Plus her wit was in her quip: Like the time we were both squatting down and hanging on for dear life to the edge of a counter while I fixed her hotel room’s baby refrigerator for her.  When we both realized at the same time we couldn’t stand back up, she turned to me and quipped “Well, here we are!”

In a photo album of her first year in college, Nunnie has photos of her pals doing their acts for the annual freshman talent show.  There are photos of women singing, dancing, acting, reciting – all very “appropriate” for the 1940’s time period concerning female decorum.   And then there’s a photo of Nunnie doing her act: 

Turn around and do the making out imitation.  While Mary does this, Ellie reads: 

“I’ll be back to see you next year at the Senior show and I expect to see you making love to yourself again….” wrote a graduating senior in that year’s yearbook.  That act became legendary at Bradford.

This tremendous sense of fun was a big theme in her marriage to Randy.  What fun they had!  Randy is loaded with funny stories of life with Nunnie:

            Nunnie and I were visiting my sister Franny and husband Sidney in their       Manhattan apartment. I was running out of time to make my marriage           proposal to Nunnie because of my looming Army enlistment.  So I finally   got the courage, got down on bended knee and asked “Nunnie, my dear,     will     you marry me?”  And she looked up and said “Are you kidding?”        [Fortunately a little bit  later she did say “Of course!”]

A second one:

            One time we went to the Van Wyck’s house for dinner.  Nunnie had on the   tightest, form fitting, sexiest chemise gown you’ve ever seen.   Well, it was            so tight, she couldn’t get up the front door steps.  I had to push her from behind on both cheeks to get into the house all the while laughing our heads        off.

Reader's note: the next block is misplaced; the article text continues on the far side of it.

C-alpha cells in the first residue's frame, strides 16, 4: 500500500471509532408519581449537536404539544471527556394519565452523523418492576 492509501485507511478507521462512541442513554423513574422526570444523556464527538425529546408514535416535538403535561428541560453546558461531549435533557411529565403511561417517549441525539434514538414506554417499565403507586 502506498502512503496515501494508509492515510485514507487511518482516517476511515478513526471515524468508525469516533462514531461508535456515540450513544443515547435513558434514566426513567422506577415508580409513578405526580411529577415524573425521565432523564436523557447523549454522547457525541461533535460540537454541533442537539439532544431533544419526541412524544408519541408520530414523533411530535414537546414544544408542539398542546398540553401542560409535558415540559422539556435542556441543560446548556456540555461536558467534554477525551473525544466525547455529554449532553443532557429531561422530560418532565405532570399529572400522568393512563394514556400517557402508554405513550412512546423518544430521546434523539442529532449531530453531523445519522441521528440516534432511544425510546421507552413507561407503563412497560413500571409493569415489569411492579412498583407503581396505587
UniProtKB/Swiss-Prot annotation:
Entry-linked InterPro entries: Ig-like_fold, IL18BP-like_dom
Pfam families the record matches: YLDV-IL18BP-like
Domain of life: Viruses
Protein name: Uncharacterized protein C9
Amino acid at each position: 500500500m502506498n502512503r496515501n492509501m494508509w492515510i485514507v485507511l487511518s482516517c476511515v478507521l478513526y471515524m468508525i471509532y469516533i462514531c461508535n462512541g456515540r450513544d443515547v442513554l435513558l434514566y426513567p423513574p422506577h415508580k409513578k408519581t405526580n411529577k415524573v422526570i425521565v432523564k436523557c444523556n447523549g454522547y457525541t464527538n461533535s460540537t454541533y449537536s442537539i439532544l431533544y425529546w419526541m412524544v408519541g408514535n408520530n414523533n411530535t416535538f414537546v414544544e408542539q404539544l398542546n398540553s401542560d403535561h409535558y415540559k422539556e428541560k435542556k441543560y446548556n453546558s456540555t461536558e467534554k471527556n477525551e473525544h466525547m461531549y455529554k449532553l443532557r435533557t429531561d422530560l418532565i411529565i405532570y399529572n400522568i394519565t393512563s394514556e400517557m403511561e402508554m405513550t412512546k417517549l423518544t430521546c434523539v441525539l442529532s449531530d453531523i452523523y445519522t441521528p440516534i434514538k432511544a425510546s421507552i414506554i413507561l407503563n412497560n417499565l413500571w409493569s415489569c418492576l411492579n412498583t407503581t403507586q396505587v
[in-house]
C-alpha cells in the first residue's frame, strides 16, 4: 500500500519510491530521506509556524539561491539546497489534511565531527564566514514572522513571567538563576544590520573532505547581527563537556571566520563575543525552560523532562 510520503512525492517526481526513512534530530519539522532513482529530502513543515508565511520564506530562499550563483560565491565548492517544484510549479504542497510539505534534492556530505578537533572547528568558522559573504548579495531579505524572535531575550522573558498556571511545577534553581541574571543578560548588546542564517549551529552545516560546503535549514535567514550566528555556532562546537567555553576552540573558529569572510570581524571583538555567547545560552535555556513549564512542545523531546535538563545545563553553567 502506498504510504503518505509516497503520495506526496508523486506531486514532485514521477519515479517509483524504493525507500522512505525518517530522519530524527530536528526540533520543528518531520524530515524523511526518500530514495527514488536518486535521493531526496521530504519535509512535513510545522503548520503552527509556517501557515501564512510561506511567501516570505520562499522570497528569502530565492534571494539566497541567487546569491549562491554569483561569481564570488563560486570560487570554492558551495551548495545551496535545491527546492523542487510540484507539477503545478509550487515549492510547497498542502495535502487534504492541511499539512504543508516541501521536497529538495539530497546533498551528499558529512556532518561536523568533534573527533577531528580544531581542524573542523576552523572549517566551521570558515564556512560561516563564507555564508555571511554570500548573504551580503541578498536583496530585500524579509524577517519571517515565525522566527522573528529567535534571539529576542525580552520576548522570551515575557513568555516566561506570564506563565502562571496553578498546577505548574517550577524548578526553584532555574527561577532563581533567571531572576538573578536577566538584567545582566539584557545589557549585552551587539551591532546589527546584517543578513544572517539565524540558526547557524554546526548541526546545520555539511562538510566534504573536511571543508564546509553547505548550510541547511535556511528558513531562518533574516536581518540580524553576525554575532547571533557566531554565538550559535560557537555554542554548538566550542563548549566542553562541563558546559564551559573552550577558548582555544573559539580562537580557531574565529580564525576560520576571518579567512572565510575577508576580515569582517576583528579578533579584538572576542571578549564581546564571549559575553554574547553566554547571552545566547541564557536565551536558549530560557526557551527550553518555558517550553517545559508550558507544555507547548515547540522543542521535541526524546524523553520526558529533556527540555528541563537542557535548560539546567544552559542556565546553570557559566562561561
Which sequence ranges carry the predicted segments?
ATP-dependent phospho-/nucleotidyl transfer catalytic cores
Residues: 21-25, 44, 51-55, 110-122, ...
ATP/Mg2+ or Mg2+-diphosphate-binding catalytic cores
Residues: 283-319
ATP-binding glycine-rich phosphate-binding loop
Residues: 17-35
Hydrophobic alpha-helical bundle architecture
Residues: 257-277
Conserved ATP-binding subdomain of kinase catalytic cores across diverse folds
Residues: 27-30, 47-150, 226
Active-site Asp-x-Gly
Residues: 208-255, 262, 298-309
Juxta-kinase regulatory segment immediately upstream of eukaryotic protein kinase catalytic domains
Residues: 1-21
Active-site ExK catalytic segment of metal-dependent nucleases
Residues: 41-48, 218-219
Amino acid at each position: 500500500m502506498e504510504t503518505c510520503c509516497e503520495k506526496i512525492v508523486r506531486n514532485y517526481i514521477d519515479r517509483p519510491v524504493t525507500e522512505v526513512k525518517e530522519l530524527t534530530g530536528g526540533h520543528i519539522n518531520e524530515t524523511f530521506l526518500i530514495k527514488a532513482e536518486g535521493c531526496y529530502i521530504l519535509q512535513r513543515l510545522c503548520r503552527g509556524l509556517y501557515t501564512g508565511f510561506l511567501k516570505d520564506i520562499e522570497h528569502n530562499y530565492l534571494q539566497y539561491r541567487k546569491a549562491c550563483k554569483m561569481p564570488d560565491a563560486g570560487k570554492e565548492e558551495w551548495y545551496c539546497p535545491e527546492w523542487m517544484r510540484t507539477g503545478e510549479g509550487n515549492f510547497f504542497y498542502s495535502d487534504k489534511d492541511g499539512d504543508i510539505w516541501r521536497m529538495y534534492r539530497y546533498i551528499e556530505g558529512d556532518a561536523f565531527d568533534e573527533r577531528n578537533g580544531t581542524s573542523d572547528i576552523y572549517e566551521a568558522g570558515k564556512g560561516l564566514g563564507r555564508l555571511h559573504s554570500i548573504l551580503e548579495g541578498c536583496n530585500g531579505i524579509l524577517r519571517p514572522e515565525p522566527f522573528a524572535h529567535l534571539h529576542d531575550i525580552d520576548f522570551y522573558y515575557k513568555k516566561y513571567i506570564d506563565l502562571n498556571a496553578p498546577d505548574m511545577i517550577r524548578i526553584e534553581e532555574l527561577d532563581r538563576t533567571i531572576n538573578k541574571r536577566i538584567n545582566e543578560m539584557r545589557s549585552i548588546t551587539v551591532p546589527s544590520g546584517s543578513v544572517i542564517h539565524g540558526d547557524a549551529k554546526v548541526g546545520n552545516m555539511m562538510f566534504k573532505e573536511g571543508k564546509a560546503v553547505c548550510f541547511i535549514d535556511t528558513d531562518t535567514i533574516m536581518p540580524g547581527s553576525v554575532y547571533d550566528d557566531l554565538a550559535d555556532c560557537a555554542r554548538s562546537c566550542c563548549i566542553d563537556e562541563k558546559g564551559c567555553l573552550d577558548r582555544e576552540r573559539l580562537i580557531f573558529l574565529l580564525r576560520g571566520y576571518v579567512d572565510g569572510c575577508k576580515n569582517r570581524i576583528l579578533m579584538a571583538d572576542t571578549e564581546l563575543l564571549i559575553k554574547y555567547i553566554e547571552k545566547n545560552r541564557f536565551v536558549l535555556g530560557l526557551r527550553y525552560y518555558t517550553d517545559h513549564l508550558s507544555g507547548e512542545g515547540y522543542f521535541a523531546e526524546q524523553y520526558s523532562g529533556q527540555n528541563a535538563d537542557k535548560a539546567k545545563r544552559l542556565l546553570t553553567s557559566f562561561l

And another:

            It’s 1964.  Nunnie and I drove to  Florida and made a visit to Sanibel. We             rented a little boat and went fishing.  It was quite hot, so Nunnie took off her       shirt and continued to cast.  “Oh, my god, I’ve got one!”  Turned out she    hadn’t snagged a fish but a log.  As we tried to free the line, and without     realizing it,  we had drifted into a cove where a bridge was lined with  a ton of people fishing.  They were gauking at  Nunnie fishing in her Maidenform        bra.  She was laughing so hard, she fell down in the boat.  “I dreamt I went             fishing in my Maidenform bra!” became an inside joke for us which            mimicked a popular ad campaign.

In her fifties, still craving adventure, Nunnie was known for purchasing and driving a gold corvette.  Her speeding ticket stories (or how she got out of them!) are legendary and this was one of her “go to’s”:

            One afternoon, Mom and I got caught in a speed trap on Belden Hill Road in             Wilton.  The officer walked up to the car and said:  “Ma’am do you have any            idea how fast you were driving?” And she said, “Officer have you ever had it         where the music on the radio goes ‘Da da da da da da da da da’ and you just      get carried             away?” ….. it worked every time!

In 1999, Nunnie and Randy attended the Tony Awards where Nunnie had the opportunity to meet Carol Burnett, a comedian who Nunnie greatly admired and was frequently compared.  From that day forward for the rest of her life, whenever grandkids would come for a visit, Nunnie would suggest: